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How do you motivate older generations to change?

Encouraging the 50 years and older farmers to change from “doers” to “planners,” and start using new tools.

How does one motivate a 50+ year old “doer” farmer to become a better planner and manager? This was one of the questions asked during a panel discussion in the Northwest region of the country. Based on my conversations with producers around the country, motivating the older generation to change is one of the biggest frustrations of younger producers entering a family business with older parents, aunts, and uncles.

In many farm businesses, the older generation is often a baby boomer or a member of the veteran generation. Many of these individuals farmed in an era when more production often resulted in higher profits. This group was very fortunate to experience asset appreciation, specifically in land, after the turbulent 1980s farm crisis. Another factor leading to some complacency was that government farm program payments were extremely high at that time. These government payments often minimized many of the miscues in management and possible losses from macro events, weather, and rapid price changes.

One of the best methods to get this generation to change is in a time of crisis. For example, if the older generation is losing money show them how multiple years of losses are eating away their asset equity, otherwise known as the equity burn rate.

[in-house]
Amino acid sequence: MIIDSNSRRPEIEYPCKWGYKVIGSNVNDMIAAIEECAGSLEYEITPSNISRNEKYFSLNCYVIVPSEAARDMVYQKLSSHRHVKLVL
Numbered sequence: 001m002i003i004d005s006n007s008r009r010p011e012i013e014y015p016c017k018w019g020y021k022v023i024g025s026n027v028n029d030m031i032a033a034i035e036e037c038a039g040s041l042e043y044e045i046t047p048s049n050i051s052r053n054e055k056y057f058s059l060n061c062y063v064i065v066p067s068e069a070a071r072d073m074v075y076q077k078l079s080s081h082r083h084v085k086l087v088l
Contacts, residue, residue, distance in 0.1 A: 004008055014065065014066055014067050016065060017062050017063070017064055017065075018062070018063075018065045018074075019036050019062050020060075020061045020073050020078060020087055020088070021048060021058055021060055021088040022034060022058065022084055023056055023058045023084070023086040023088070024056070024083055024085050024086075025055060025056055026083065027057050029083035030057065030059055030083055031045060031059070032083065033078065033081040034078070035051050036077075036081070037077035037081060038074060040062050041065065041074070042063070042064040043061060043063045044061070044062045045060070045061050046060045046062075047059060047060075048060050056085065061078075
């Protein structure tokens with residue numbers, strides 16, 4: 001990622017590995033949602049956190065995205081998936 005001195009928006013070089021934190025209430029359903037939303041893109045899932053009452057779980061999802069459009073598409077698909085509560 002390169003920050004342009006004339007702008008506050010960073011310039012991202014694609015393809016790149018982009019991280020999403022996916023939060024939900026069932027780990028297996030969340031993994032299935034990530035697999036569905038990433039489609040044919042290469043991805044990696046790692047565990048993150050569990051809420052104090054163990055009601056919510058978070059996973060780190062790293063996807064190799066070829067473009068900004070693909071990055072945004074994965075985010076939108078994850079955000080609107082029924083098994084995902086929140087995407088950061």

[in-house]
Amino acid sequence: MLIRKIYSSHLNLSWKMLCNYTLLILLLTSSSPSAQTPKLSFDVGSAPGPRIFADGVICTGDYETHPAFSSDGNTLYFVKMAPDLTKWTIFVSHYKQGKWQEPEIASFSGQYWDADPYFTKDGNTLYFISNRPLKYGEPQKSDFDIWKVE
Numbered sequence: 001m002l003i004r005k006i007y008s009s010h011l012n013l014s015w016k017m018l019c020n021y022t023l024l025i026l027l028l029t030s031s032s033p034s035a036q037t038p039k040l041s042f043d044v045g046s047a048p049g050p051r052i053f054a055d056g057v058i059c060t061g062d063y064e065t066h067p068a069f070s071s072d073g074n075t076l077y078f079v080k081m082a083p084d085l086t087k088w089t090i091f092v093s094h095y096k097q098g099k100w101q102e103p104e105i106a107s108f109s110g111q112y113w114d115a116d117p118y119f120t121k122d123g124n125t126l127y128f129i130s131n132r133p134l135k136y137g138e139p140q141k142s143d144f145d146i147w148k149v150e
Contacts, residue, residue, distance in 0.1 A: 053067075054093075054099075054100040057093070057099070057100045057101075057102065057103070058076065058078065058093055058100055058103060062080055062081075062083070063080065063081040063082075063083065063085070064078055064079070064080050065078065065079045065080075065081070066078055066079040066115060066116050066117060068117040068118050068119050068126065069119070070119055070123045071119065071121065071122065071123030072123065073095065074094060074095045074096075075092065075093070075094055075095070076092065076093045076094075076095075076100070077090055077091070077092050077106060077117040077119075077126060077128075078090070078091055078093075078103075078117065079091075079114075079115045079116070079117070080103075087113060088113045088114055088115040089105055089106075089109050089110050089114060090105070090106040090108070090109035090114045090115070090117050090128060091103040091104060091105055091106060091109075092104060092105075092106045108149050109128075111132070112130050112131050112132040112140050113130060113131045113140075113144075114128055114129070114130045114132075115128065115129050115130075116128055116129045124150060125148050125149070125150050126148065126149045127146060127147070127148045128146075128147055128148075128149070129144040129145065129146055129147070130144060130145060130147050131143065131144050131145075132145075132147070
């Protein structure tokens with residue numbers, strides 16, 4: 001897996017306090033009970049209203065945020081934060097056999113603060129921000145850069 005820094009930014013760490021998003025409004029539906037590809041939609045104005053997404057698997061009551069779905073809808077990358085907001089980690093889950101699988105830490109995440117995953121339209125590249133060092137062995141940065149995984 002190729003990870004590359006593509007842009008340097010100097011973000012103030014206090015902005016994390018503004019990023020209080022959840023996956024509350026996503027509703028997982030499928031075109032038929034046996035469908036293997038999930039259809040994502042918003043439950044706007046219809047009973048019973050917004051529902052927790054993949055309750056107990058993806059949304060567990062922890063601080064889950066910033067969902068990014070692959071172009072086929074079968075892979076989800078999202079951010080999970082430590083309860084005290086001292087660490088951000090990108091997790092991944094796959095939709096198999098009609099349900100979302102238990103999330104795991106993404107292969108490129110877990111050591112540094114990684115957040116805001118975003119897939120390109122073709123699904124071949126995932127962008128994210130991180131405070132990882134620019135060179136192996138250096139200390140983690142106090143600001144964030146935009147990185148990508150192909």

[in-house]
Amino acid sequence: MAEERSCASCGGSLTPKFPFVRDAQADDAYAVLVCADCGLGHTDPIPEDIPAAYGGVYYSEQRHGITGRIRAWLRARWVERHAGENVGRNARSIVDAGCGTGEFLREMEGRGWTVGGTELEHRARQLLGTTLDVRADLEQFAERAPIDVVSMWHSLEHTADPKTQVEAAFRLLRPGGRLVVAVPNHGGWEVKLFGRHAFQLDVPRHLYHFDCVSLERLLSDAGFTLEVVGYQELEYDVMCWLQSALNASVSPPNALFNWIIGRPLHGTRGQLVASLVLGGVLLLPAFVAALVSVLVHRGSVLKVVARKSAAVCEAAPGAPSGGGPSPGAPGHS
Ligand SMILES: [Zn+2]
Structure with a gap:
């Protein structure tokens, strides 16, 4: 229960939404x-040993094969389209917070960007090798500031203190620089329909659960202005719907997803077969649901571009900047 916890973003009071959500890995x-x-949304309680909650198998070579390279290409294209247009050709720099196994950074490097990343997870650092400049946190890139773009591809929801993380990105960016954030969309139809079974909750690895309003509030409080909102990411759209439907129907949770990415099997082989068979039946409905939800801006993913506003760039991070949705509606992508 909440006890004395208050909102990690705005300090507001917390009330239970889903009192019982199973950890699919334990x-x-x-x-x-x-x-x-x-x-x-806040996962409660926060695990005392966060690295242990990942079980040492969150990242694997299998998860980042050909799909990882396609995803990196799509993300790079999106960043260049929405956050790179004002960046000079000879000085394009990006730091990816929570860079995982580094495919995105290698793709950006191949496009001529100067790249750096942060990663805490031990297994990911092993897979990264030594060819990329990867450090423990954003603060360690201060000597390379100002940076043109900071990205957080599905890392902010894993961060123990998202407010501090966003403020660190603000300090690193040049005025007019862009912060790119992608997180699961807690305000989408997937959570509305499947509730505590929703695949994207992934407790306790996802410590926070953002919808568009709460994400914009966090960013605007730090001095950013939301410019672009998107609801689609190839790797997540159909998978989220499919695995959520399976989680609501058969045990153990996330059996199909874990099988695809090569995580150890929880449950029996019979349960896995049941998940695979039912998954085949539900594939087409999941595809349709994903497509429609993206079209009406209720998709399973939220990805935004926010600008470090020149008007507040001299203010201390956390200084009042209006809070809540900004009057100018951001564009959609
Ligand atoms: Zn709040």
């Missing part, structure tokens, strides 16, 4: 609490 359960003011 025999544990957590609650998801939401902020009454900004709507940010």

Another method to initiate change is to develop cost of production budgets. These budgets allow one to see the bigger picture with numbers, which can assist in the marketing or risk management program. The development of business, family and personal goals can also go a long way in opening communication between generations of business partners.

The younger generation is starting to reap the benefits of planning and are becoming more adaptive and innovative in a rapidly changing economic and marketing environment. While the older generation may have higher equity, this often results in complacency or procrastinating planning for the future.

My advice to every generation is that the power of equity, tenure and experience combined with youth, energy, forward planning and business management can take the business to the next level. In many cases, this rejuvenation will launch the business on the path of becoming sustainable into the next generation. Analogous to placing a puppy with an old dog, the old dog’s energy picks up or, in some cases, it kills the old dog!

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